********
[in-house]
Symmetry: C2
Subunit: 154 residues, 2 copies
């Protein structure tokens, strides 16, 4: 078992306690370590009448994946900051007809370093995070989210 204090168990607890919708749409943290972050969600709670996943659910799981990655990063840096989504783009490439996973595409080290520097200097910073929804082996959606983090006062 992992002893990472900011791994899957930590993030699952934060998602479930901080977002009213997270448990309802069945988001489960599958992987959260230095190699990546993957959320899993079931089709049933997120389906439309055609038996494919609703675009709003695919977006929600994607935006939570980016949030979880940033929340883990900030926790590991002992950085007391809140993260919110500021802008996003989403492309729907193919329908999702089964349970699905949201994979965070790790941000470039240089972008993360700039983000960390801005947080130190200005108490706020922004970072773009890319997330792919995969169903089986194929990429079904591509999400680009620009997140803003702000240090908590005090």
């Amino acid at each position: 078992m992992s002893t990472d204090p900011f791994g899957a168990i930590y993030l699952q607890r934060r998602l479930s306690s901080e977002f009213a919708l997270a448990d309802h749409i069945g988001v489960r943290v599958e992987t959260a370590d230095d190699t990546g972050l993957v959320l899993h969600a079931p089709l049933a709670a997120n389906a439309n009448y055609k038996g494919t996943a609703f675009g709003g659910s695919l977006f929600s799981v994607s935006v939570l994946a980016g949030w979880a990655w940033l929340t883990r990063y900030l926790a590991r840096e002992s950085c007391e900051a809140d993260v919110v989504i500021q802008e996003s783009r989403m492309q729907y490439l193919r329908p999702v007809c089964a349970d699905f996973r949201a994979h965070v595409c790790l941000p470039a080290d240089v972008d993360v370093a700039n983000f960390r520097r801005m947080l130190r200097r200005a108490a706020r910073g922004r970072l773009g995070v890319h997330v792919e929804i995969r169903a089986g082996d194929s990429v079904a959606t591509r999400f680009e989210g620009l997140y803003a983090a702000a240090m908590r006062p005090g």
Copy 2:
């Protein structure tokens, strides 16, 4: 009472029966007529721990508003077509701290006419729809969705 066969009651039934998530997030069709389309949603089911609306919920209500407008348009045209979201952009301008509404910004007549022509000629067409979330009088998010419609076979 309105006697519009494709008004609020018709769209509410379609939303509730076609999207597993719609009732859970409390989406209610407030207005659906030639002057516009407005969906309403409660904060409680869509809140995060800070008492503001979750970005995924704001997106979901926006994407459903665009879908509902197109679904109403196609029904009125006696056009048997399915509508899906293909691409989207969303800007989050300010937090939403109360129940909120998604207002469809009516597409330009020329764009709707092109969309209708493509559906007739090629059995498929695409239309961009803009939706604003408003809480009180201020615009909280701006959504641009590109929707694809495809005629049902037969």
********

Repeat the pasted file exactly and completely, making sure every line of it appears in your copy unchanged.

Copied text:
[in-house]
Symmetry: C2
Subunit: 154 residues, 2 copies
């Protein structure tokens, strides 16, 4: 078992306690370590009448994946900051007809370093995070989210 204090168990607890919708749409943290972050969600709670996943659910799981990655990063840096989504783009490439996973595409080290520097200097910073929804082996959606983090006062 992992002893990472900011791994899957930590993030699952934060998602479930901080977002009213997270448990309802069945988001489960599958992987959260230095190699990546993957959320899993079931089709049933997120389906439309055609038996494919609703675009709003695919977006929600994607935006939570980016949030979880940033929340883990900030926790590991002992950085007391809140993260919110500021802008996003989403492309729907193919329908999702089964349970699905949201994979965070790790941000470039240089972008993360700039983000960390801005947080130190200005108490706020922004970072773009890319997330792919995969169903089986194929990429079904591509999400680009620009997140803003702000240090908590005090």
């Amino acid at each position: 078992m992992s002893t990472d204090p900011f791994g899957a168990i930590y993030l699952q607890r934060r998602l479930s306690s901080e977002f009213a919708l997270a448990d309802h749409i069945g988001v489960r943290v599958e992987t959260a370590d230095d190699t990546g972050l993957v959320l899993h969600a079931p089709l049933a709670a997120n389906a439309n009448y055609k038996g494919t996943a609703f675009g709003g659910s695919l977006f929600s799981v994607s935006v939570l994946a980016g949030w979880a990655w940033l929340t883990r990063y900030l926790a590991r840096e002992s950085c007391e900051a809140d993260v919110v989504i500021q802008e996003s783009r989403m492309q729907y490439l193919r329908p999702v007809c089964a349970d699905f996973r949201a994979h965070v595409c790790l941000p470039a080290d240089v972008d993360v370093a700039n983000f960390r520097r801005m947080l130190r200097r200005a108490a706020r910073g922004r970072l773009g995070v890319h997330v792919e929804i995969r169903a089986g082996d194929s990429v079904a959606t591509r999400f680009e989210g620009l997140y803003a983090a702000a240090m908590r006062p005090g």
Copy 2:
């Protein structure tokens, strides 16, 4: 009472029966007529721990508003077509701290006419729809969705 066969009651039934998530997030069709389309949603089911609306919920209500407008348009045209979201952009301008509404910004007549022509000629067409979330009088998010419609076979 309105006697519009494709008004609020018709769209509410379609939303509730076609999207597993719609009732859970409390989406209610407030207005659906030639002057516009407005969906309403409660904060409680869509809140995060800070008492503001979750970005995924704001997106979901926006994407459903665009879908509902197109679904109403196609029904009125006696056009048997399915509508899906293909691409989207969303800007989050300010937090939403109360129940909120998604207002469809009516597409330009020329764009709707092109969309209708493509559906007739090629059995498929695409239309961009803009939706604003408003809480009180201020615009909280701006959504641009590109929707694809495809005629049902037969």